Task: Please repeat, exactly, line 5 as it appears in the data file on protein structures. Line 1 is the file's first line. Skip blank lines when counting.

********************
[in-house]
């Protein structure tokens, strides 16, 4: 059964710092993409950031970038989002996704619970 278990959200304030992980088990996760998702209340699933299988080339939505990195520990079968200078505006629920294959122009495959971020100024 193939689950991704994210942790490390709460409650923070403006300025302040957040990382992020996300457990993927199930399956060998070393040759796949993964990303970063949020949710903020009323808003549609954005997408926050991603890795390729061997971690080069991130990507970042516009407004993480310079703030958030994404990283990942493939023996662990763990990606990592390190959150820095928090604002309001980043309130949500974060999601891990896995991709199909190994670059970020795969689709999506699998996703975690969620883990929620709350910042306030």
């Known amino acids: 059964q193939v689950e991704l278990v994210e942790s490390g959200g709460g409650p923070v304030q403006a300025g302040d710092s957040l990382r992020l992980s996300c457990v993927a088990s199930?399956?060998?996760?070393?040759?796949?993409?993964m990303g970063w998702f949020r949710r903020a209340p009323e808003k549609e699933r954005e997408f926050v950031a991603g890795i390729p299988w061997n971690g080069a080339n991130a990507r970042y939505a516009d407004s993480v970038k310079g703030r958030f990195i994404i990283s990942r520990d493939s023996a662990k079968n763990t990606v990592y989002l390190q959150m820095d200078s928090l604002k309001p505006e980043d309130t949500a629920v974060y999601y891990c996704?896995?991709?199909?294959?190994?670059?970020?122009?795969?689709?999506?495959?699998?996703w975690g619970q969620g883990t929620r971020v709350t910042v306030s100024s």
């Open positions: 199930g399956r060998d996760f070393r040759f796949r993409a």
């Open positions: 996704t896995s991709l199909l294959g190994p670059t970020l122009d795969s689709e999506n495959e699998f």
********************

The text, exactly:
């Open positions: 996704t896995s991709l199909l294959g190994p670059t970020l122009d795969s689709e999506n495959e699998f």